Two years ago, Linda Bellamy stopped dying her hair and began growing it out naturally. No more Clairol. No more chemicals.
“I’ve been every colour but black,” she says, adding she’s been colouring on and off for years. “I’ve had all different hair styles and different colours.”
Going naturally grey – she describes her shade as “Viking Blonde” – hasn’t exactly been easy for Bellamy, an esthetician at Michaud’s Salon and Spa in downtown Cloverdale.
People perceive you differently when you’re grey, she says.
Her customers and co-workers were fine, but it was different when she was out and about.
“You know you’ve become part of what I call the ‘invisible age’ when you’re walking with your daughter and there’s a wolf-whistle and it’s not for you,” says Bellamy, who’s 58. “As you become older, you become invisible to some people.”
Going grey meant strangers made certain assumptions.
“If somebody thinks you’re in your 40s as opposed to your 50s, their perception and how they treat you is different,” she says. “I do find the older you are, the more invisible you are.”
She admits it was also hard working at a salon and not getting a haircut for two years.
“It’s not easy in the salon and spa industry. They’re constantly trying to cut it.”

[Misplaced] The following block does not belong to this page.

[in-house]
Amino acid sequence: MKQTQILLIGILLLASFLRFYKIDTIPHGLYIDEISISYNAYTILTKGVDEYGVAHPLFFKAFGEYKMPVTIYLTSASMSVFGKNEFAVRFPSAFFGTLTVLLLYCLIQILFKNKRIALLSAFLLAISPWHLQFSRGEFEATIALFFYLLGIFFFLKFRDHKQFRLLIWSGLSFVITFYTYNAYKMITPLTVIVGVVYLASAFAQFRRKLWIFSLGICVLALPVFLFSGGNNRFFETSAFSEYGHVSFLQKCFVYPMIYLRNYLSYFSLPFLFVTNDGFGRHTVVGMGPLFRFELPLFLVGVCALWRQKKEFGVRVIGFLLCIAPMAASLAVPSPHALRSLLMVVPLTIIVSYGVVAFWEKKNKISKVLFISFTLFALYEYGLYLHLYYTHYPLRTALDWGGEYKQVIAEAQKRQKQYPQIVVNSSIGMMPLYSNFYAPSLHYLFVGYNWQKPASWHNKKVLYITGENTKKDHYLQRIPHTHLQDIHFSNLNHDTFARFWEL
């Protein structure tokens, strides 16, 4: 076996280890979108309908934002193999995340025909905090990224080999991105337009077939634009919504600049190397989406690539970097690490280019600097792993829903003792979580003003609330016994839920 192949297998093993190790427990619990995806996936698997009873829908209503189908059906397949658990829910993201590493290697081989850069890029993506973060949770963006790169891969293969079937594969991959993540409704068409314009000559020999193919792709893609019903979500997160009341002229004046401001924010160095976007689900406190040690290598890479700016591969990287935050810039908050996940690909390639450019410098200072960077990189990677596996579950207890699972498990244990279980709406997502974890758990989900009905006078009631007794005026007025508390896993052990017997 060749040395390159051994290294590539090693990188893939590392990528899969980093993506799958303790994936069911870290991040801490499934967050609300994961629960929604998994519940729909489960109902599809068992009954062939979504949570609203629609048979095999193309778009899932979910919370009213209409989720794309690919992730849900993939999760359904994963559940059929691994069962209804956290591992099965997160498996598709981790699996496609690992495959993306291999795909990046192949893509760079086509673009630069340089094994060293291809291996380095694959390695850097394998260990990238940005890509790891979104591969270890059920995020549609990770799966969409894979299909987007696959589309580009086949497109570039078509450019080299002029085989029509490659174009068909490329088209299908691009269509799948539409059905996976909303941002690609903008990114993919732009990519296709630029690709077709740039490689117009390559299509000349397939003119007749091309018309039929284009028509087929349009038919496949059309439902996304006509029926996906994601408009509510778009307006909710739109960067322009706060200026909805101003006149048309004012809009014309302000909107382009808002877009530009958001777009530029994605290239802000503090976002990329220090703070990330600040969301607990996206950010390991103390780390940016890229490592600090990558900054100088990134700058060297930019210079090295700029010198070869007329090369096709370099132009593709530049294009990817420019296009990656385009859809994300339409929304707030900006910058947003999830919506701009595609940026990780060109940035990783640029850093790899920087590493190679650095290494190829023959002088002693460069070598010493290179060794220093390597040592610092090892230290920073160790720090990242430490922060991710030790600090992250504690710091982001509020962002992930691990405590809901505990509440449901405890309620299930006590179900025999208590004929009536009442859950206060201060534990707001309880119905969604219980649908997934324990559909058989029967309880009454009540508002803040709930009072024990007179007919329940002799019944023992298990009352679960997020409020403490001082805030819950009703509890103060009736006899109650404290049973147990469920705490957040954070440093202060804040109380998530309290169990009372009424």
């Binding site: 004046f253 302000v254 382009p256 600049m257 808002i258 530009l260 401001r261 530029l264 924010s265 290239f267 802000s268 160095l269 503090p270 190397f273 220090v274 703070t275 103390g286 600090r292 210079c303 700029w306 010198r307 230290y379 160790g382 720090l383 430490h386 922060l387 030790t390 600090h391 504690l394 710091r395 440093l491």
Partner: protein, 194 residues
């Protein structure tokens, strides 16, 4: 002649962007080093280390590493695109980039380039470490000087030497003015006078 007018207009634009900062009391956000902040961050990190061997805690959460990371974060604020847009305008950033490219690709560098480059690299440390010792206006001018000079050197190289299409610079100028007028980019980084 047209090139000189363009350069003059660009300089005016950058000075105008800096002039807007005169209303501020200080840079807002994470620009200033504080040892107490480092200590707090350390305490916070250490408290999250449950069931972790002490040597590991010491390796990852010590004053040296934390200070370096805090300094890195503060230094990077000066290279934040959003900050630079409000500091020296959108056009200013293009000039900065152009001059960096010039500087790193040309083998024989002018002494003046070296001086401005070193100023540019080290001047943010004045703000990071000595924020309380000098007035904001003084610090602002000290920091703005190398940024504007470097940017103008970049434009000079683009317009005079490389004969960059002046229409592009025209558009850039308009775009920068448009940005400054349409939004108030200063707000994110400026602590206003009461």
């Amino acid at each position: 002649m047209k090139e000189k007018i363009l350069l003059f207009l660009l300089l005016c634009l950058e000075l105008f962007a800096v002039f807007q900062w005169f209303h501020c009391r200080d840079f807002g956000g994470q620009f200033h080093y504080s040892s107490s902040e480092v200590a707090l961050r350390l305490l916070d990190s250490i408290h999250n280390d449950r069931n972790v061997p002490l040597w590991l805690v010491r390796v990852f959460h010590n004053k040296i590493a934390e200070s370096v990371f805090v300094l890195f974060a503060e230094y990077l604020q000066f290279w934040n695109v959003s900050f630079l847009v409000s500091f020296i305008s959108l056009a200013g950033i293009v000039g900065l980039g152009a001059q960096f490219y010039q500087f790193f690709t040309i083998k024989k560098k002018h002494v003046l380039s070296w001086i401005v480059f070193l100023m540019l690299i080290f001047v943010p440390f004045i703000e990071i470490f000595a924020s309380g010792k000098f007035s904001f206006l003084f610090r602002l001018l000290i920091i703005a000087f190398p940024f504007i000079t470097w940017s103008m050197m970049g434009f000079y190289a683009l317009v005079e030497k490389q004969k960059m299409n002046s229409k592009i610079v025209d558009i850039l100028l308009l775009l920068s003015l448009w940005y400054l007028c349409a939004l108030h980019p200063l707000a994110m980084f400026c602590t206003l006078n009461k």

The past two years may not have been easy, but every second has been worth the effort.
On May 2, she had it all cut off – nine inches. Stylist Kelsey Lakota carefully divided Bellamy’s hair into sections, bunching it into ponytails for maximum length.
The silvery-blonde lengths – silky and healthy because the were never damaged by harsh chemicals or dyes – are being donated to a wig-maker in Langley: House of Miss Rose creates wigs for people with cancer and other medical conditions.
Bellamy decided to donate her hair after conversing with a long-time client one day –a cancer survivor. “She said it would be nice to have a wig with grey hair. Because that’s what would be natural.”
Bellamy realized it would be best if her hair were unprocessed, untreated, and naturally grey when she donated it to a wig-maker.
Her hair was already short, so she shaved it. Then she started growing it out, around Mothers’ Day two years ago.
On May 2, 2011 there were at least eight inches to cut.
It was a big day. The salon organized a full makeover for Bellamy, complete with hair, makeup and clothes – plus photos documenting the transformation.
Four hours later, it was all over. The Viking blonde locks were replaced by a dramatic auburn with copper-brown highlights, and the straggly lengths had been cut into a smart-looking pixie.
Her hair and makeup done, Bellamy slipped into a fitted, sleeveless turquoise party dress with a spring-like floral pattern.
How did she feel?
“Great,” she said, smiling.
“The cut and the colour – it’s the whole thing, it’s not just the hair, it brings it up to date and gives an impression.”
Surprisingly, she felt transformed on the inside, too.
“It was quite emotional when she was doing my hair, as [stylist Kelsey Lakota] cut it. In the last two years, a lot has happened to me. It’s interesting, the whole range of emotions.”
Once those grey roots start poking through her gorgeous auburn/copper-brown ‘do, will she reach for the Clairol or will she embrace her destiny as a silver fox?
She hasn’t decided yet.